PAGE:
The Library Campaign has urged the Government to stop the "secret slaughter" of libraries, which the body claims could see a quarter of the UK's libraries closed.
Campaigners say that with 201 library service points cut last year, 336 threatened with closure this year so far, and a further 40% in funding expected by 2016, there could be 1,000 libraries lost in the near future. On top of closures, they warn that more are being passed on to volunteer groups to run, while others are seeing their services hollowed out, losing books stock and trained staff while their opening hours are slashed.
Campaigner Shirley Burnham criticised the Department for Culture, Media and Sport and libraries minister Ed Vaizey. She said: "The Minister, Ed Vaizey, was vociferous in defence of libraries when in Opposition. But he has been frozen into inaction since coming into office. He and his officials are in denial, muttering 'What crisis?' as hundreds of libraries are closed, or the keys handed to volunteers - with no support."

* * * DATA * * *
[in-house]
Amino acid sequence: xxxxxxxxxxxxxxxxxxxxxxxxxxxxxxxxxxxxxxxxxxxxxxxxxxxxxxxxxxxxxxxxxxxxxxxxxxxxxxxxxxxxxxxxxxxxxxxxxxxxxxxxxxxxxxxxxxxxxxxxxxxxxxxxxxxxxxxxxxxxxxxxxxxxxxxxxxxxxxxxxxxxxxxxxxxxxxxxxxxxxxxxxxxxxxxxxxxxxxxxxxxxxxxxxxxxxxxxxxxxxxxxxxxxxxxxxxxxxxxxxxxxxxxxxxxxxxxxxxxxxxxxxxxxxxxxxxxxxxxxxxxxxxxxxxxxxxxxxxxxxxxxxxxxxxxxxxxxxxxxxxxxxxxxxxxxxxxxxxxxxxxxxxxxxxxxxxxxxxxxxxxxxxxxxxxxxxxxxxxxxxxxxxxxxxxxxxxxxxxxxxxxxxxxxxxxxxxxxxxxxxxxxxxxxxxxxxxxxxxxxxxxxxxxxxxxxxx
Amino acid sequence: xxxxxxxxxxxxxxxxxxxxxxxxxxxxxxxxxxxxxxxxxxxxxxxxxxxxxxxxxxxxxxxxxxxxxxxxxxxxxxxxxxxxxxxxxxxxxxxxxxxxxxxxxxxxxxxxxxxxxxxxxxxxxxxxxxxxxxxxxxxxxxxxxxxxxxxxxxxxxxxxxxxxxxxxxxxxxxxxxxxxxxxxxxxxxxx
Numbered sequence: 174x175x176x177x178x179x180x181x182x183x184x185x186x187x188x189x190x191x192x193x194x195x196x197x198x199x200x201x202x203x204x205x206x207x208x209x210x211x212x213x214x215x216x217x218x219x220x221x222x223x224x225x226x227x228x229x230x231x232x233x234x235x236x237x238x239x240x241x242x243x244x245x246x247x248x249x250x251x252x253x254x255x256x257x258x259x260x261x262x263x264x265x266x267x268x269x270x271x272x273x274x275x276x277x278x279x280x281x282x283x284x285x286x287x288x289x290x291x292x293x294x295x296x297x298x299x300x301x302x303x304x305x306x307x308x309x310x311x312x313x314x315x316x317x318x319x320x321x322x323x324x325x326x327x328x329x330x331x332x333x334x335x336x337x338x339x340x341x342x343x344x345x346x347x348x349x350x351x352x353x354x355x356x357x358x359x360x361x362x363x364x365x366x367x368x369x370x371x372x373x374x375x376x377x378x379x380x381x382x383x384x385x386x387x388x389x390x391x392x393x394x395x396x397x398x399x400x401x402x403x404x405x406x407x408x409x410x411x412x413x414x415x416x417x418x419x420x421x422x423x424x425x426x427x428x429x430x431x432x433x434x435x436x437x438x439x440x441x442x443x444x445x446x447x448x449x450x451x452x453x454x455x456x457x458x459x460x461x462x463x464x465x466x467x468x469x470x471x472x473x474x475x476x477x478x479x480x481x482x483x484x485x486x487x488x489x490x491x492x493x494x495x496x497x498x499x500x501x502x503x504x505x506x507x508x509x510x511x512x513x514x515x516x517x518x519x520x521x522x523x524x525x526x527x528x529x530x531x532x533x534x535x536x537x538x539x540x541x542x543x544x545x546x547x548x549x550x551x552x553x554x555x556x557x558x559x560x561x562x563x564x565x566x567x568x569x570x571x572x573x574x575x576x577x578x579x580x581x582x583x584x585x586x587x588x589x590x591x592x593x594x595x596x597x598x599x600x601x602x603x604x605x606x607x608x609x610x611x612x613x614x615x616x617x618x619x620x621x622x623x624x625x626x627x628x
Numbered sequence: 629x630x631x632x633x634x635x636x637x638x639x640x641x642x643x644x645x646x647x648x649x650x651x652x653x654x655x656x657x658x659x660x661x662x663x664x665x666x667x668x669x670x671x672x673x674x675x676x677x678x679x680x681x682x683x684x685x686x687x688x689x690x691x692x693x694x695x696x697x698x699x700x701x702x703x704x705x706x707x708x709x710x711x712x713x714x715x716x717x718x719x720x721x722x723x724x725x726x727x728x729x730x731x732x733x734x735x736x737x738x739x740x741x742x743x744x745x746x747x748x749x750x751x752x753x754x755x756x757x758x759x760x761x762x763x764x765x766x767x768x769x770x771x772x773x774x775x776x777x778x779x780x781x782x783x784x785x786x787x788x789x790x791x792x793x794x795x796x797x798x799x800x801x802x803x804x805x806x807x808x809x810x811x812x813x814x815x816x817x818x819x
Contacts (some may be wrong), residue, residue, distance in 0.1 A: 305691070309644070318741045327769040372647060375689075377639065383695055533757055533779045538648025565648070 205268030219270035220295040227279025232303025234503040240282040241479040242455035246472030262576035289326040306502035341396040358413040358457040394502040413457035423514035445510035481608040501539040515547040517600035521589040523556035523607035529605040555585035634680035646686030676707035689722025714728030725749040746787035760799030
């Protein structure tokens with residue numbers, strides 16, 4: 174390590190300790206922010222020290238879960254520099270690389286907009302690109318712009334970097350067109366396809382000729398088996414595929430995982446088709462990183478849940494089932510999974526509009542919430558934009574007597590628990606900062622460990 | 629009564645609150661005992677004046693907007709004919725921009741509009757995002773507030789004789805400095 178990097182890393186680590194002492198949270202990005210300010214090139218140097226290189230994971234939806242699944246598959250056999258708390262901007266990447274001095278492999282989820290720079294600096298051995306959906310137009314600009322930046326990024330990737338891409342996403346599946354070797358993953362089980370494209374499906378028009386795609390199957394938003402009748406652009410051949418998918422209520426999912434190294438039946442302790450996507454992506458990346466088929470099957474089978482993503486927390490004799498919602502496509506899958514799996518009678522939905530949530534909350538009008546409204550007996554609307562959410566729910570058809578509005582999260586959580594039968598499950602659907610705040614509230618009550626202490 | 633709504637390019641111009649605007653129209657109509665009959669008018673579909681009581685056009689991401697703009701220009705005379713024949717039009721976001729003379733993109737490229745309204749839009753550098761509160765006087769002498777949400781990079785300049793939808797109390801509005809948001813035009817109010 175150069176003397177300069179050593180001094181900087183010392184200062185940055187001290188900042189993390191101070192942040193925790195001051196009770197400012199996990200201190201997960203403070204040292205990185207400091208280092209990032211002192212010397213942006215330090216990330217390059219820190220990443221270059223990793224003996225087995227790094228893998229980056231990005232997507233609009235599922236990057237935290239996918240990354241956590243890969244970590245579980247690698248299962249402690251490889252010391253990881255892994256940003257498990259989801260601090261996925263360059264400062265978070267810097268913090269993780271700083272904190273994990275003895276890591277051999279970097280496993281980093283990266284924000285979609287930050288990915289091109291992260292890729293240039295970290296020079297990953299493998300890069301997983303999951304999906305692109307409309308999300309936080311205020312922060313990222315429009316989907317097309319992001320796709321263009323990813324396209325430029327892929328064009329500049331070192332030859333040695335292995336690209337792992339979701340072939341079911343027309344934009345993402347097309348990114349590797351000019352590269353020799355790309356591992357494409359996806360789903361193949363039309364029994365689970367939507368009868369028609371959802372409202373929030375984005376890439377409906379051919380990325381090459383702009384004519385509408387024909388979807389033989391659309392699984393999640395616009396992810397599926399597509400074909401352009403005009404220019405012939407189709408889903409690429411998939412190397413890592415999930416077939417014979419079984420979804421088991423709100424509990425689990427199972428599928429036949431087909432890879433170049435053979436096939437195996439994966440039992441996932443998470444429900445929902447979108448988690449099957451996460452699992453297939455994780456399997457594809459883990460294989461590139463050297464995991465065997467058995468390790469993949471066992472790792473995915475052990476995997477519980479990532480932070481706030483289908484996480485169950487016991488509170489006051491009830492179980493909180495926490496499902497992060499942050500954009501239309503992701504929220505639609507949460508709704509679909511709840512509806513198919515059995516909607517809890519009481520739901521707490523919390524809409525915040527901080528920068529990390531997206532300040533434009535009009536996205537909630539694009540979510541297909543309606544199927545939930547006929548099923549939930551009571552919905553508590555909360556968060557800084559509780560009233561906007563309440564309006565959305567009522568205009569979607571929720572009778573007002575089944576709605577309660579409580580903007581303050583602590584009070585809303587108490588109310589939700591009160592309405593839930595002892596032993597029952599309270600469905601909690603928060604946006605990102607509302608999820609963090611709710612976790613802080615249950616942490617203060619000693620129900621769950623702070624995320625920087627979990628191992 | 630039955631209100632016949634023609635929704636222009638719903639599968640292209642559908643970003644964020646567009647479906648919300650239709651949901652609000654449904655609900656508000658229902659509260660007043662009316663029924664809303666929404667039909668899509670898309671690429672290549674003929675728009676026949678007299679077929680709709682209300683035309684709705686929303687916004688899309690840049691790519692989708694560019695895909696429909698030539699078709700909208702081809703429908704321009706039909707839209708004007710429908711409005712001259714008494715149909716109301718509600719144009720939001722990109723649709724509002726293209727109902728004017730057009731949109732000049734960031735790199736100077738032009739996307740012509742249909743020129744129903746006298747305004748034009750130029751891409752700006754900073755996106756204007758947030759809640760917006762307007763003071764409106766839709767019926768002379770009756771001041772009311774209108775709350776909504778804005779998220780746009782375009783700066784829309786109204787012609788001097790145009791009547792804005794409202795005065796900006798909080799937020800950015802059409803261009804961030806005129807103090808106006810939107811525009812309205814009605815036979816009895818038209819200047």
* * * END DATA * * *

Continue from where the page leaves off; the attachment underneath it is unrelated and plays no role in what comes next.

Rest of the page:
Laura Swaffield, Chair of the Library Campaign, said the Government should intervene in areas which are seeing large cuts, as well as providing better information for groups looking to take over libraries that would otherwise shut. She said: "Many communities are now trying to run their own libraries, as the only way to save them. They get no national help or advice. Not from the government, not from Arts Council England (ACE). At the recent Library Campaign conference in London, Jim Brooks of the Little Chalfont volunteer-run library in Buckinghamshire reported that 130 volunteer groups have found their way to him, desperate for help. Jim is the only national resource giving advice. It's absurd."
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